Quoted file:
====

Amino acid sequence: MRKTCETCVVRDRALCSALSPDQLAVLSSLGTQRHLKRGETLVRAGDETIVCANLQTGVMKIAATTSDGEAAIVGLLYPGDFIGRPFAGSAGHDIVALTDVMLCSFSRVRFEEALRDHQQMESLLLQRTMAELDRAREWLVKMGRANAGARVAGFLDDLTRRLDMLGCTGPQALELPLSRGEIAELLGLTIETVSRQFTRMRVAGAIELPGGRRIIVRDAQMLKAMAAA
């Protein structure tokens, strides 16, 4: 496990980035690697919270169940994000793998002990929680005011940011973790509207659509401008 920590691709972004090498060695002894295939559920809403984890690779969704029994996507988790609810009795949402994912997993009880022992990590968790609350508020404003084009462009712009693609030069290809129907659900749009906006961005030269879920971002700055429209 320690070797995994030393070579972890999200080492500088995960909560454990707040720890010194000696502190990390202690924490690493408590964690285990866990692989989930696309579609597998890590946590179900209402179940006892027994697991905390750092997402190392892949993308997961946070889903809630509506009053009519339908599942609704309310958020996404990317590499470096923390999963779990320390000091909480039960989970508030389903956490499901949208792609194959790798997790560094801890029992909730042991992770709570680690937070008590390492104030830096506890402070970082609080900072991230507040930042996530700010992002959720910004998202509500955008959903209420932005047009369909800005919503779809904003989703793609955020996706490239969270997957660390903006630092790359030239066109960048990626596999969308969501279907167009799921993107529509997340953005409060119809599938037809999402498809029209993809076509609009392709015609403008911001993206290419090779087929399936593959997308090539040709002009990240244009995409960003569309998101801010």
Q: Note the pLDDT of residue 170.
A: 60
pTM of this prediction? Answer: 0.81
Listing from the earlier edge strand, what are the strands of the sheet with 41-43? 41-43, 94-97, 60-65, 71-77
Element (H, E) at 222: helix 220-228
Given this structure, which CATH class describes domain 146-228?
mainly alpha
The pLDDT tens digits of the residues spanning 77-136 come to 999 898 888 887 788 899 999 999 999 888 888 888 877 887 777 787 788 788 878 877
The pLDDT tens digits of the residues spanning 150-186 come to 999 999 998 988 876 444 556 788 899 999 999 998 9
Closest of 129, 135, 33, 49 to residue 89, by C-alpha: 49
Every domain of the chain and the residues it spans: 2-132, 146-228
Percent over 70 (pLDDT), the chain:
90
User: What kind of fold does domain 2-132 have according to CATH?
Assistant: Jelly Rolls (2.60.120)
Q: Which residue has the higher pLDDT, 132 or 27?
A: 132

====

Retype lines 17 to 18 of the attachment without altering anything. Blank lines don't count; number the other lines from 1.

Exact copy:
Assistant: Jelly Rolls (2.60.120)
Q: Which residue has the higher pLDDT, 132 or 27?